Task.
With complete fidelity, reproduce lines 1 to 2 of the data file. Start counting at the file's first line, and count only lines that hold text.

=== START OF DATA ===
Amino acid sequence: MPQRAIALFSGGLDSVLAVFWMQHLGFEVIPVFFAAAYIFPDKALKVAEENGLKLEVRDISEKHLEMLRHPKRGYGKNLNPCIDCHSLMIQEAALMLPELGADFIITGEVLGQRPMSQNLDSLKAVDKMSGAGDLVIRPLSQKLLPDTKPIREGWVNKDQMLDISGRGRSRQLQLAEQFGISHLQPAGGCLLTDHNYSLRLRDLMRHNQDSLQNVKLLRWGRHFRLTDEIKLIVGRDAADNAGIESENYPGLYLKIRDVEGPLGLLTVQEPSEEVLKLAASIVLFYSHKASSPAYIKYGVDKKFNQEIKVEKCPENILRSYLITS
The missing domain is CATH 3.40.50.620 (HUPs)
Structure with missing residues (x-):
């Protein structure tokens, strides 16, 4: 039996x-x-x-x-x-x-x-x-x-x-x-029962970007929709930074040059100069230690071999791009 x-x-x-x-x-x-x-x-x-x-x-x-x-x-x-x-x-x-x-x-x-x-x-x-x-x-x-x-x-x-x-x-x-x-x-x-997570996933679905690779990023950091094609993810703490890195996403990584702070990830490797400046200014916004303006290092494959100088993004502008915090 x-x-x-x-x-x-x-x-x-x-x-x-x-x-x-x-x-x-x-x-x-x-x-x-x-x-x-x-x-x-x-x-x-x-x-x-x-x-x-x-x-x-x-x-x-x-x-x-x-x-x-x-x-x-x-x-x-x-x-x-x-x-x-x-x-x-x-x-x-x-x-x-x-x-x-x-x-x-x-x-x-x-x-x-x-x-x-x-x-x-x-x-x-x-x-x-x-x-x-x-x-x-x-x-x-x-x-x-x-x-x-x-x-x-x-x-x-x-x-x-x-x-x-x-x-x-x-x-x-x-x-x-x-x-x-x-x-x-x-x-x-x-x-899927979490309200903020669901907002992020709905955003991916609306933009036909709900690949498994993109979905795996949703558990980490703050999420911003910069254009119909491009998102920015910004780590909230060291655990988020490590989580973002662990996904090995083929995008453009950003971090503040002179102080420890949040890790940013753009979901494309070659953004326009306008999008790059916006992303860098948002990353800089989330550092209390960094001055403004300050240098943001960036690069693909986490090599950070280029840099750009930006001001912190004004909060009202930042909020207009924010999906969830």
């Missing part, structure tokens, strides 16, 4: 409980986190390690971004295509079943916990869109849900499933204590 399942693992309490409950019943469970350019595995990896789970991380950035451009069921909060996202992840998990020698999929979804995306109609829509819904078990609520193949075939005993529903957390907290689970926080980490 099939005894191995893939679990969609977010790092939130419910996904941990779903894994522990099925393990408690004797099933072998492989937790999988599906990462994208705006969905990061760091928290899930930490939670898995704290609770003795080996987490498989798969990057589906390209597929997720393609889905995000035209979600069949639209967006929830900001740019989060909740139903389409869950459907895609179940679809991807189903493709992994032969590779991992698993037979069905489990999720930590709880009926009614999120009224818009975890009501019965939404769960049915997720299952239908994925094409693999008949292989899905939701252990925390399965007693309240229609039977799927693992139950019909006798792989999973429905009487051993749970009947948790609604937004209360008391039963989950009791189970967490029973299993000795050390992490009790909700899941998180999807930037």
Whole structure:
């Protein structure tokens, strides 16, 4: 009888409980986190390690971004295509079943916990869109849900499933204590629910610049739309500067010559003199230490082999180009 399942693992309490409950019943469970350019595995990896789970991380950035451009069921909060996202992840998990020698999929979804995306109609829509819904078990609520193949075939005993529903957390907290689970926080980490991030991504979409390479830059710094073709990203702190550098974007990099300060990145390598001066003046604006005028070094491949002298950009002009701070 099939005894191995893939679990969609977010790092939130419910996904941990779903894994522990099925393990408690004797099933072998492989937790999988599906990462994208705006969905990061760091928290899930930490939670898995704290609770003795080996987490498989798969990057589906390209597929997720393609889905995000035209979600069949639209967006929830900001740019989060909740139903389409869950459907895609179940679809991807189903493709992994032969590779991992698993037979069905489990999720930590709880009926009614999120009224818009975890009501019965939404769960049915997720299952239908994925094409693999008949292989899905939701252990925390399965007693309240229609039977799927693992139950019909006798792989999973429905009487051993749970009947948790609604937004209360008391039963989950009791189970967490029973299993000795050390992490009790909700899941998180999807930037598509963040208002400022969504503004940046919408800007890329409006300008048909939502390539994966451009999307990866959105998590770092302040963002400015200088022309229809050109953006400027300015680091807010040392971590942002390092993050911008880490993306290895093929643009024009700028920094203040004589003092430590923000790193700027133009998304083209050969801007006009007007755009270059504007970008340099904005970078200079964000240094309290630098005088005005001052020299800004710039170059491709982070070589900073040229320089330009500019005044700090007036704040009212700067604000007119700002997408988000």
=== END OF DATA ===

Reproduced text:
Amino acid sequence: MPQRAIALFSGGLDSVLAVFWMQHLGFEVIPVFFAAAYIFPDKALKVAEENGLKLEVRDISEKHLEMLRHPKRGYGKNLNPCIDCHSLMIQEAALMLPELGADFIITGEVLGQRPMSQNLDSLKAVDKMSGAGDLVIRPLSQKLLPDTKPIREGWVNKDQMLDISGRGRSRQLQLAEQFGISHLQPAGGCLLTDHNYSLRLRDLMRHNQDSLQNVKLLRWGRHFRLTDEIKLIVGRDAADNAGIESENYPGLYLKIRDVEGPLGLLTVQEPSEEVLKLAASIVLFYSHKASSPAYIKYGVDKKFNQEIKVEKCPENILRSYLITS
The missing domain is CATH 3.40.50.620 (HUPs)